Still, I guess it does support the idea (despite how inane and illogical this proposition seems to me, as I understand the more nuanced issue at hand) that if there were a simple name-change, most everyone would be like, "Yeah, okay, it's fine now."

Perhaps I was misguided as a child, but I was taught that the motives behind words were far more important than the words themselves. But then I also suppose I learned early on that you want to pick the right word to best convey what it is you mean. Unfortunately, "Asian-inspired steampunk" and it's kin don't seem to explain the genre concisely enough, and honestly sound rather clunky and ultimately unlikely to become easily assimilated into speech. You want a genre name that seems "catchy."

I'm not saying that there can't be a better alternative to "Victorientalism," and I honestly think it might be worthwhile to try to find one. However, I do feel like a good alternative has yet to come to light. Best keep trying, I suppose.

Sean Schönherr, author of Cinema is Cinema

Re: Issue 11

Ottens wrote:

By mllesays:

I guess I tend to forget that not everyone writing articles and editing magazines enjoyed the college education I did, and so not everyone got the memo about colonialism and Orientalism and how these are Bad Things and need to deconstructed, not lauded and reappropriated. It seems so obvious to me.

Ironically, I took a course on Orientalism last year, along with a course on Asian and European Empires. But hey, if you dare argue that Orientalism might not always have been racist, you are a racist! So obvious. Thanks for the memo, mllesays.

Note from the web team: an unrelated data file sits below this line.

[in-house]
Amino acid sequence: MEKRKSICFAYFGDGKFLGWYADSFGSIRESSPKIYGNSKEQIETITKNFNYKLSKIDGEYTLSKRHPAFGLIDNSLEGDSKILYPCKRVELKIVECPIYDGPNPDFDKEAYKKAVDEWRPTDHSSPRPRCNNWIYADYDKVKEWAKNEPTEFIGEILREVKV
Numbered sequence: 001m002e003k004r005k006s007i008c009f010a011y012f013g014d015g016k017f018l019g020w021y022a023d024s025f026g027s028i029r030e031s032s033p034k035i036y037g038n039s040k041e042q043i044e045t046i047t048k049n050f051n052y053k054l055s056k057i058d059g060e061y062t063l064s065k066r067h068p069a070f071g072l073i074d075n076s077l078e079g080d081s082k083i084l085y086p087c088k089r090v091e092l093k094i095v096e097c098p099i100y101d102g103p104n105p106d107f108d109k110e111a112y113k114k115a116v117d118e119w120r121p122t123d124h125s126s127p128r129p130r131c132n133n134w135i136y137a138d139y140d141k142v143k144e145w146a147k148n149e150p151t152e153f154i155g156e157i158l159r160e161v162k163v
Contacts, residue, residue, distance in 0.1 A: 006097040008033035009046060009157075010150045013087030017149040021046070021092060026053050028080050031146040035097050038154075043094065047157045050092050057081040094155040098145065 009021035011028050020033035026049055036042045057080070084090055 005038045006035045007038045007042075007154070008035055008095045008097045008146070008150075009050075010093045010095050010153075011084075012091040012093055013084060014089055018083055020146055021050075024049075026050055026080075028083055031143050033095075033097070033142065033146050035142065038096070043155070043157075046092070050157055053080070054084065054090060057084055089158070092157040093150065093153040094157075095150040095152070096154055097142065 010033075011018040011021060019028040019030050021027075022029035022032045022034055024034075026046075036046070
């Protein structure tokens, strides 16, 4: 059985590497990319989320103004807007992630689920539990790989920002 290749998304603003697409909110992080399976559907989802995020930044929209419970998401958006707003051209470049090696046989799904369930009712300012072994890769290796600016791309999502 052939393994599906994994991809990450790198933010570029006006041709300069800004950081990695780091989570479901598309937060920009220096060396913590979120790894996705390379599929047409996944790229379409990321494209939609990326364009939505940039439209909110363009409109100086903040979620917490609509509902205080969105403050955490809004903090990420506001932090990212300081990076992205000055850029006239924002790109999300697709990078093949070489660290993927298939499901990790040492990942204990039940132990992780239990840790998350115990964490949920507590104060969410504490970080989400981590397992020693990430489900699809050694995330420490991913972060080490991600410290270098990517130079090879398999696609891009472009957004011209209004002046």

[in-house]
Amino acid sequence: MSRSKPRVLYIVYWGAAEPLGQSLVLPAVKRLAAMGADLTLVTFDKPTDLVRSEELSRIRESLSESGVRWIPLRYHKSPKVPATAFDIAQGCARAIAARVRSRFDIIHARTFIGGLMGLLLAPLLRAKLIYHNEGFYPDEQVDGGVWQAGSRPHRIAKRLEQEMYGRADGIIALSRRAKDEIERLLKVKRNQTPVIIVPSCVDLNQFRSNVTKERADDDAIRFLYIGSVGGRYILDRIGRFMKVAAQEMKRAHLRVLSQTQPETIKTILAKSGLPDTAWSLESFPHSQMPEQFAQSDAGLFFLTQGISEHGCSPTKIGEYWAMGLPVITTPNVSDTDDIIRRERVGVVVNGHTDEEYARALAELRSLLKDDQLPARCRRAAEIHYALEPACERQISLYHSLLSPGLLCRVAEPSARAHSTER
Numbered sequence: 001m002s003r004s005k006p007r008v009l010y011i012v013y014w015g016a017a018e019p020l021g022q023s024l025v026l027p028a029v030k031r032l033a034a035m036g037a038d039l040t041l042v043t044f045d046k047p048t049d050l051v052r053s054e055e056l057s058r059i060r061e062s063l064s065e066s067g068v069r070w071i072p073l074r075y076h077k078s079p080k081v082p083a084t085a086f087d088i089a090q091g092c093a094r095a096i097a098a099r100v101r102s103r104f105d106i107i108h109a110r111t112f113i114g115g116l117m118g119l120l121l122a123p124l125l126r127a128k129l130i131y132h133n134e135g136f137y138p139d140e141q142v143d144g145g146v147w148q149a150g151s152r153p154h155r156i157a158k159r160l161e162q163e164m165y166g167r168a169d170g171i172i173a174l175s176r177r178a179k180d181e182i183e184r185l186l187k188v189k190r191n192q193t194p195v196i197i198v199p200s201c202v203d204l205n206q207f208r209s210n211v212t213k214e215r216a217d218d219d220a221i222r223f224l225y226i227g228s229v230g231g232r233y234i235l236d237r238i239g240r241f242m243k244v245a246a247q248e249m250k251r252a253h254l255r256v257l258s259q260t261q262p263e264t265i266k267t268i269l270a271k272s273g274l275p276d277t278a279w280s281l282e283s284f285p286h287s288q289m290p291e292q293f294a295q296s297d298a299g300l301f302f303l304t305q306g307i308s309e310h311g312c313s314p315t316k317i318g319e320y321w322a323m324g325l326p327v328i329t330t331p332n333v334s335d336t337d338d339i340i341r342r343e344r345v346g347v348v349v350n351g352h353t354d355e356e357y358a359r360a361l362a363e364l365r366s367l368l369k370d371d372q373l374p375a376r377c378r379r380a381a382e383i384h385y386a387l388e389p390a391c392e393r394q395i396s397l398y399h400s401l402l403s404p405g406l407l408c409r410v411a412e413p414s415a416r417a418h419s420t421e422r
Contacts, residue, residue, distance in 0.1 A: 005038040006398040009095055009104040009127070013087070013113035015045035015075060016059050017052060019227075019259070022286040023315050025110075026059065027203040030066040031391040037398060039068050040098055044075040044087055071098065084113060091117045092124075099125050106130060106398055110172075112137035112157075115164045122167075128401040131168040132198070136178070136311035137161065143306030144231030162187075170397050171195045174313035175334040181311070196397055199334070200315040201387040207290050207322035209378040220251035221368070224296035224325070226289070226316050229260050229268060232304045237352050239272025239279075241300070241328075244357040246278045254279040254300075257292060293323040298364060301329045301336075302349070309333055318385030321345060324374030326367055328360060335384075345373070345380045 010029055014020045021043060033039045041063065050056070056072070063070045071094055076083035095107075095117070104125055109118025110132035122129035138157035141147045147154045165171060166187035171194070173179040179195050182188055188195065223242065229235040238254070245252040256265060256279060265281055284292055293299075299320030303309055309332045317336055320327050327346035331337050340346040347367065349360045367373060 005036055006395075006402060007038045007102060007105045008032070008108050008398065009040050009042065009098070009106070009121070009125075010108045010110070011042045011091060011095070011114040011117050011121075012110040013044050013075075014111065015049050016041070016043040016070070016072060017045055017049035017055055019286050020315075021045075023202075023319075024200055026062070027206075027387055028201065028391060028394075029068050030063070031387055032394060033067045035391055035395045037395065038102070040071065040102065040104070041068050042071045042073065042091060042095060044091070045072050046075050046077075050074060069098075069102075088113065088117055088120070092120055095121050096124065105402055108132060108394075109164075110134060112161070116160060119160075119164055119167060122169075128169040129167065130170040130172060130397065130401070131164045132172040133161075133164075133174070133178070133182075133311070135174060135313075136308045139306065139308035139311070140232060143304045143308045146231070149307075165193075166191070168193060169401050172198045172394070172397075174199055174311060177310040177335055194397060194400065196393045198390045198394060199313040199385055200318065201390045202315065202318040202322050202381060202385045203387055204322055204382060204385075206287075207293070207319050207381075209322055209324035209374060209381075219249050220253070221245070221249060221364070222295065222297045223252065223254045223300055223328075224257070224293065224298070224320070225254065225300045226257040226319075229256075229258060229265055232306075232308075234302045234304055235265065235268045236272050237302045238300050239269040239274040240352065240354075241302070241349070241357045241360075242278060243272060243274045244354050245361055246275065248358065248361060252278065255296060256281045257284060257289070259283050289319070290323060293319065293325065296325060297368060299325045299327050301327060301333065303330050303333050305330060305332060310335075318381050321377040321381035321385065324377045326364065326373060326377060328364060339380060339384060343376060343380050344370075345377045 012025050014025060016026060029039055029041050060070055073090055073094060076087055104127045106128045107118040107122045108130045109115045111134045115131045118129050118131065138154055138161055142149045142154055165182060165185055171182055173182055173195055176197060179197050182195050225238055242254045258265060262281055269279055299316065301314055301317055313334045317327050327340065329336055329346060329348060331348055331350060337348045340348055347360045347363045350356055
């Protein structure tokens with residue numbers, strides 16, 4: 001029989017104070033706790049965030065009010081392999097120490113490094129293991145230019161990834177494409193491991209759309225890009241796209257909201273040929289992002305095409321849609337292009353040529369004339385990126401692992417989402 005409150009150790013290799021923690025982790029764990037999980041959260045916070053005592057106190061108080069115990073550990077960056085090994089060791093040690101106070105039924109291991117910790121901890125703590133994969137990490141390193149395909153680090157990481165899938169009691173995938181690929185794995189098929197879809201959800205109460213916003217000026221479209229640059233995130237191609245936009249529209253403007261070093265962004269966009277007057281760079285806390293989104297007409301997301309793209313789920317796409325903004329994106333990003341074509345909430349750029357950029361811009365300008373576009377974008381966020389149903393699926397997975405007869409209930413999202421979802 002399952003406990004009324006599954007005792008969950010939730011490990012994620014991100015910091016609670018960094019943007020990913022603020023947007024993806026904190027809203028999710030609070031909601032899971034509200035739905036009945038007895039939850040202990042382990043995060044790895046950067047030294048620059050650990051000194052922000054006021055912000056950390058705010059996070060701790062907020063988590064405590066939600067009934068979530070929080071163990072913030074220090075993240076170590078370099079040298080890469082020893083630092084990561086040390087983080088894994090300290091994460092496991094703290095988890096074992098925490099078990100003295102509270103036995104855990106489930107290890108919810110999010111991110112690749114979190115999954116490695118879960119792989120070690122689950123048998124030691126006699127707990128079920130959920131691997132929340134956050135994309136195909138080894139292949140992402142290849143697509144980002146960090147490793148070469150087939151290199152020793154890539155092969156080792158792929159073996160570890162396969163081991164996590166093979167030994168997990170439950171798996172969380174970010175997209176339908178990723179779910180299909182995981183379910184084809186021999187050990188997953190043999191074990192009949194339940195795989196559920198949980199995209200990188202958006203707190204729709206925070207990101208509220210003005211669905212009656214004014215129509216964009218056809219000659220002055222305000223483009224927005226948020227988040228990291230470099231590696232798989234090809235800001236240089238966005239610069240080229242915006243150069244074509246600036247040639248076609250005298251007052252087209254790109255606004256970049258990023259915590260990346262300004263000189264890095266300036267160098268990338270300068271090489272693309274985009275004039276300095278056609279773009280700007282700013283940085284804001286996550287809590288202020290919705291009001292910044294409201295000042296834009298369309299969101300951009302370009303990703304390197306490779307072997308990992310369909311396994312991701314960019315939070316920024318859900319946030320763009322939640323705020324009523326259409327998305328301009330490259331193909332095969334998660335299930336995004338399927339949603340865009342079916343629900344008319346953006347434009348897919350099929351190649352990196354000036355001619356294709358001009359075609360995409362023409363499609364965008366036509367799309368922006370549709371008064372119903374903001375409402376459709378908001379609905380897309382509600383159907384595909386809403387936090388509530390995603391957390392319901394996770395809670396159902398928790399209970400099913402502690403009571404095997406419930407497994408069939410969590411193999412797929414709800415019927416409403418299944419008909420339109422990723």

I'd like to know how mllesays deconstructed orientalism without discussing it...  I'm guessing that, if he went to 'college' he is a product of the US education system (I may be wrong!).  At least he is aware of a world outside of the US.  BTW, if he really wants to discuss academic credentials, I can really get into that one. 

Oh, and Nick, I find the terms 'Asian' and 'European' offensive tongue  Ironically, I doubt that those US citizens who have partaken in the debate realise that the term 'American' refers to the peoples of two continents, and not just one federated state, and to use it as such is offensive.

the trouble with our times is that the future is not what it used to be

30

Re: Issue 11

We probably should stop using terms like "Weird West" as well. This is terribly marginalizing of Native Americans, for one thing! wink